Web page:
Sunday, 26 June 2011

Fortune's Rocks (Anita Shreve)

--The blurb--
"In turn-of-the-century New England 15-year-old Olympia Biddeford is spending the summer with her parents at their seasonal house at Fortune's Rocks. She is swiftly despatched to Boston when it's discovered she has embarked on an affair with a friend of her father's, but Olympia is already pregnant."

--The review--
Teaching high school for the past three years has only consolidated my belief that there is no child of this age who is mentally/emotionally capable of adequate parenthood. Children of this age, even the very mature ones, are naturally still in a very difficult emotional stage and state; although I am sure many would try to make the best of teenage parenthood, they still have many things to sort out in their minds and hearts, and so many things to enjoy while young and childless that are difficult or impossible to do once you have a little person in tow.

Anita Shreve is the only person who has ever come close to changing my mind about this through the character of Olympia Biddeford. Whether this is because Olympia is not a realistic character, or whether this is because the author has shown the full maturity of certain young people, the impression we have as readers at least is that Shreve deftly combines the emotional and physical innocence of a flowering young lady with the emotional and intellectual maturity of someone really quite advanced. While there is a certain amount of idealism, though, the author does not keep us under any illusions: this is heading for trouble, and fast.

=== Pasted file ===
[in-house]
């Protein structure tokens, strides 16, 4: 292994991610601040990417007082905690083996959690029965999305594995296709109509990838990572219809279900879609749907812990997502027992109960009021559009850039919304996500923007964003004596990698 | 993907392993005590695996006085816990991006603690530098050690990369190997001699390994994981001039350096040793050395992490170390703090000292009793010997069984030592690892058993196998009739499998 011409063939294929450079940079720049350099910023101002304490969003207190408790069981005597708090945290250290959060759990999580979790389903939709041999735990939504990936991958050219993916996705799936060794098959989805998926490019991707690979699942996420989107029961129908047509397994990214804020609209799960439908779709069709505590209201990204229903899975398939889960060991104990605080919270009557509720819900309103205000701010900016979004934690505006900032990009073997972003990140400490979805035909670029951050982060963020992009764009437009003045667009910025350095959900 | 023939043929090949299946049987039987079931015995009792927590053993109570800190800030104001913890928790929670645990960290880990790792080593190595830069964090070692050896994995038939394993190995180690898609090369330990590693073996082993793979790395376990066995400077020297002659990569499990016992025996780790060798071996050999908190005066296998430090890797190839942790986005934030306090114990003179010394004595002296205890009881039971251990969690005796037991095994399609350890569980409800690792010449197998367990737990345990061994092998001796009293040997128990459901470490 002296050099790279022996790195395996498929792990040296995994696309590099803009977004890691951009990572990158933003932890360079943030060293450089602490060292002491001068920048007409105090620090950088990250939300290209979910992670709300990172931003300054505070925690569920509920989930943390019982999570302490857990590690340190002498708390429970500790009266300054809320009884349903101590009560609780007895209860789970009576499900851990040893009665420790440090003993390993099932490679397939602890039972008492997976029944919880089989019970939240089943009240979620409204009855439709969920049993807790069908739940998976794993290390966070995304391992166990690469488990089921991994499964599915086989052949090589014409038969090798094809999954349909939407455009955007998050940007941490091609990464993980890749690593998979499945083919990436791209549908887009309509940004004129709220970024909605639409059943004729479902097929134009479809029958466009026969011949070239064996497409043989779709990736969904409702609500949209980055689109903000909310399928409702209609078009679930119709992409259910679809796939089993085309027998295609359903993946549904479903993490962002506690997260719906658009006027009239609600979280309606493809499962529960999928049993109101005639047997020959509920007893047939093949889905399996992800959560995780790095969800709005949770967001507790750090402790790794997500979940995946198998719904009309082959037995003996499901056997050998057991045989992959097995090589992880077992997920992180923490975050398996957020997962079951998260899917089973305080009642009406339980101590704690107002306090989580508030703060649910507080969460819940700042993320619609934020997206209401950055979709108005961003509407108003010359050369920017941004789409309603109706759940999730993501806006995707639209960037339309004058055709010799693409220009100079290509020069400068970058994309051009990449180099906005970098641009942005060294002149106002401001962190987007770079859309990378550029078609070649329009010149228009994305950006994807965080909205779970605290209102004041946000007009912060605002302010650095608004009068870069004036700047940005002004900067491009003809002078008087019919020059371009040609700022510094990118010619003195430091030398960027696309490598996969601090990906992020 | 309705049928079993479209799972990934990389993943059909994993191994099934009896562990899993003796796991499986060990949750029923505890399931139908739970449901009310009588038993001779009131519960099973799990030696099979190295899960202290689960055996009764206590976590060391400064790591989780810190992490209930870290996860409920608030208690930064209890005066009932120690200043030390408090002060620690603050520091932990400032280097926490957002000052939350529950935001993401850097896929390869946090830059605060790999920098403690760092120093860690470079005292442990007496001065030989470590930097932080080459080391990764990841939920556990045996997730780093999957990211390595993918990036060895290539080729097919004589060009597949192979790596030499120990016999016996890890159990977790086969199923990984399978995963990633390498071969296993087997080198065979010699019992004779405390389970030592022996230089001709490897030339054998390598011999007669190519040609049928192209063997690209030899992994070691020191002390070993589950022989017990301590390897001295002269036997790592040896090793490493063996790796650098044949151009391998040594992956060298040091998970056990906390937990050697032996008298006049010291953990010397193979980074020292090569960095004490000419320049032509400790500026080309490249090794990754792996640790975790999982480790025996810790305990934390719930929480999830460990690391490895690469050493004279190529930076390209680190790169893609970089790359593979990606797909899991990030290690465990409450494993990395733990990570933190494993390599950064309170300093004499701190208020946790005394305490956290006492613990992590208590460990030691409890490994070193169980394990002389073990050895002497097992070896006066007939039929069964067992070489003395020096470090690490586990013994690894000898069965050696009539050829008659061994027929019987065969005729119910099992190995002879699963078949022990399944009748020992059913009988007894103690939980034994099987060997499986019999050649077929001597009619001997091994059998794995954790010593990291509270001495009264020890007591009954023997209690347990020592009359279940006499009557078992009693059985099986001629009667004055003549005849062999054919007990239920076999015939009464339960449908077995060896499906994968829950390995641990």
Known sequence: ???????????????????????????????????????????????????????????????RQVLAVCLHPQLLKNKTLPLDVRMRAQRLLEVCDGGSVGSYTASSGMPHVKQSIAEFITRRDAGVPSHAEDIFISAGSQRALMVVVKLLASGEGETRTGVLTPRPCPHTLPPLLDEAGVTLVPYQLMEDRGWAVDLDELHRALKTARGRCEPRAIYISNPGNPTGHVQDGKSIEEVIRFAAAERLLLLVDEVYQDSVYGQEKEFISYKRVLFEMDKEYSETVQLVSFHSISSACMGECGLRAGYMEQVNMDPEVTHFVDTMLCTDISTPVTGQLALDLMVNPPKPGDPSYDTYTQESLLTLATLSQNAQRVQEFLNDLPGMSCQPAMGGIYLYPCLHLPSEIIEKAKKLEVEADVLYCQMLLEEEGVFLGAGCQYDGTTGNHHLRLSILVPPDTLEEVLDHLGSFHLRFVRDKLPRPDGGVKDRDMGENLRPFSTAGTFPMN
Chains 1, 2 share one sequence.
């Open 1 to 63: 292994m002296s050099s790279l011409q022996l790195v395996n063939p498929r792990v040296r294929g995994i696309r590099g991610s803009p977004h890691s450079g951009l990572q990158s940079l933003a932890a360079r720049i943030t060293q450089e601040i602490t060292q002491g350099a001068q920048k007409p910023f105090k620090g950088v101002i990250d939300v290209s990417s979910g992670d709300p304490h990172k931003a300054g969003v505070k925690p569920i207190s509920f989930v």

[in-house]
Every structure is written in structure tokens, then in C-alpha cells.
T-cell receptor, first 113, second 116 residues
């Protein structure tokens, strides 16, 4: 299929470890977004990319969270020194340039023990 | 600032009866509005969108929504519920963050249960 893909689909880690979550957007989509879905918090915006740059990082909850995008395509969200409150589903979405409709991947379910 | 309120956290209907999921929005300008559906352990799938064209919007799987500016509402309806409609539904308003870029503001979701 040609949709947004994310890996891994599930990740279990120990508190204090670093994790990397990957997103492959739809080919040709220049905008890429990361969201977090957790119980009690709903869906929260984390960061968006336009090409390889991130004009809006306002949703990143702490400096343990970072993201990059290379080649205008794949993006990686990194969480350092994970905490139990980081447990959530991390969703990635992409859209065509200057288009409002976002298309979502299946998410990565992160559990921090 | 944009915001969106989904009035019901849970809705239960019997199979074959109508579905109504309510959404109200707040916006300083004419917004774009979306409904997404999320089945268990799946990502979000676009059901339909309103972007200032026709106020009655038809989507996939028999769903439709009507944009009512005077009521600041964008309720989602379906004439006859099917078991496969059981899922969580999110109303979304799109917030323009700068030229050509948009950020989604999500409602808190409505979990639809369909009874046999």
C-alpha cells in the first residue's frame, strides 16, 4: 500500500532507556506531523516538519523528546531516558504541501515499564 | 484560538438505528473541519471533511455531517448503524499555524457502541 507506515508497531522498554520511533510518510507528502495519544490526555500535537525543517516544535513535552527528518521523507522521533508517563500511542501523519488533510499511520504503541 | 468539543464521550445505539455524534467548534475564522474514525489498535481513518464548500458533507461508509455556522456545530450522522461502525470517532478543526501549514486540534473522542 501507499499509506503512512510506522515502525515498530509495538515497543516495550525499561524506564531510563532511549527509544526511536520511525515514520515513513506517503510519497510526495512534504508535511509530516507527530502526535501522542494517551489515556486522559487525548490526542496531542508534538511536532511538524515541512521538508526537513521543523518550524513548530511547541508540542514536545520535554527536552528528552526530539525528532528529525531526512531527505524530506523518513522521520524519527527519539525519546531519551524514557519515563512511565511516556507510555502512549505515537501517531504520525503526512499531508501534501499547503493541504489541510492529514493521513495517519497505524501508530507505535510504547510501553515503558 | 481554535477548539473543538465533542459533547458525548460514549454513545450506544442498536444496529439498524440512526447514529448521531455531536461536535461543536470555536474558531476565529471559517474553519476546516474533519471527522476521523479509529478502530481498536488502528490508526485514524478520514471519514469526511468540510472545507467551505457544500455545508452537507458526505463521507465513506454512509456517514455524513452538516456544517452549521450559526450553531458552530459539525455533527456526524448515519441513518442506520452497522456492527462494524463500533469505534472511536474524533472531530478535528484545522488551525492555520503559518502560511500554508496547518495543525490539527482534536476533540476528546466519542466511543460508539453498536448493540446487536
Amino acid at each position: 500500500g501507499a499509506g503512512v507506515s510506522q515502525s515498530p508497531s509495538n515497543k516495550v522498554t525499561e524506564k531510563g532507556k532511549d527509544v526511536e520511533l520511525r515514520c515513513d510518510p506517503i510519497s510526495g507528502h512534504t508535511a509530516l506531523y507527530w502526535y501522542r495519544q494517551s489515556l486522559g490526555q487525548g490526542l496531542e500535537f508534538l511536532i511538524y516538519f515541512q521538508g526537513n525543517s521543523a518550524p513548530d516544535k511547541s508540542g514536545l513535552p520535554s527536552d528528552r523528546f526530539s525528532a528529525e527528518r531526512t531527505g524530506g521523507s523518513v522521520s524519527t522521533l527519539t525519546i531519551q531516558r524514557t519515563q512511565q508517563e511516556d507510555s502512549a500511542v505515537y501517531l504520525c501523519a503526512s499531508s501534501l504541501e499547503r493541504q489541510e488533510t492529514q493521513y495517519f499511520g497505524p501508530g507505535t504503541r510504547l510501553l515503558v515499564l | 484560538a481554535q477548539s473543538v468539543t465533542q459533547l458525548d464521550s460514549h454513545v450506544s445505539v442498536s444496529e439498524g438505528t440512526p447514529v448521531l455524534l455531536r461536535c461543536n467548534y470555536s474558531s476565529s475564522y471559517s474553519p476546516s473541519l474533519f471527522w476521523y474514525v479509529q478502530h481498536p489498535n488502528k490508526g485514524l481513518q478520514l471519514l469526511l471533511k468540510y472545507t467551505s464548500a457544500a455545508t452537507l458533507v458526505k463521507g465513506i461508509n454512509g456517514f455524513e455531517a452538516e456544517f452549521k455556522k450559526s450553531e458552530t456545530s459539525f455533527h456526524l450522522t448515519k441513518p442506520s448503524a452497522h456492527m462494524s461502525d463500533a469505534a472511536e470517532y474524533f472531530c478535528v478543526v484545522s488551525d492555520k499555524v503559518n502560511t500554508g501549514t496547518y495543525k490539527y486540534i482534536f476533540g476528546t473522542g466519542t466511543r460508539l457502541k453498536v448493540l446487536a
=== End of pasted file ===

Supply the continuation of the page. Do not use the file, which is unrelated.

The antagonist, John Haskell, is guaranteed to polarise audiences: you will either understand him and empathise with him, and be on the side of his and Olympia's romance, or hate and revile him and side with his wife and children. But although the initial decisions of Olympia and John provide the book's kick-start, it is the decisions of others that prove the catalyst and make us want to keep reading, as their futures are repeatedly taken out of their hands. 

But there is more to Fortune's Rocks than mere romance and dalliance: the legal aspects of the novel are simultaneously well-researched and accessible, and this legacy is carried, albeit to a lesser degree, by the next generation of romantic novelists, including Jodi Picoult and Sophie Kinsella. But the difference between these novelists and Anita Shreve is not only to be found in the depth of research and character but also in the lack of vacuousness and the beauty of the prose provided by the author. This is not only romantic fiction - this is literary fiction of the highest order, and perhaps something that Shreve's inheritors have not been able to carry the torch for.

Although it takes a long time to reach the story's conclusion, we are not bored for a moment on the journey, and when we do get to the end, we are not only satisfied, but even a little disappointed to be leaving Olympia behind, having followed her for five important years of her life and seen her develop and grow while still remaining the same person. And so it is to readers' delight to find that Fortune's Rocks is only the first in a quartet set at the same beach house (with the following three being, in order, Sea Glass, The Pilot's Wife, and Body Surfing) - and when you have this reaction to knowing that in fact, there is more to come from this dream-like setting, that can only be a good sign.

Other works by Anita Shreve
Past The Island, Drifting (1975)
Eden Close (1989)
Strange Fits of Passion (1991)
Where Or When (1993)
Resistance (1995)
The Weight Of Water (1997)
The Pilot's Wife (1998)
The Last Time They Met (2001)
Sea Glass (2002)
All He Ever Wanted (2003)
Light On Snow (2004)
A Wedding In December (2005)
Body Surfing (2007)
Testimony (2008)
A Change in Altitude (2009)
Rescue (2010)

1 comment:

France said...

This story seemed to drag for me... especially the first three quarters. I'm not sure I'd recommend it, in that it was so slow-moving. I did enjoy the period-setting.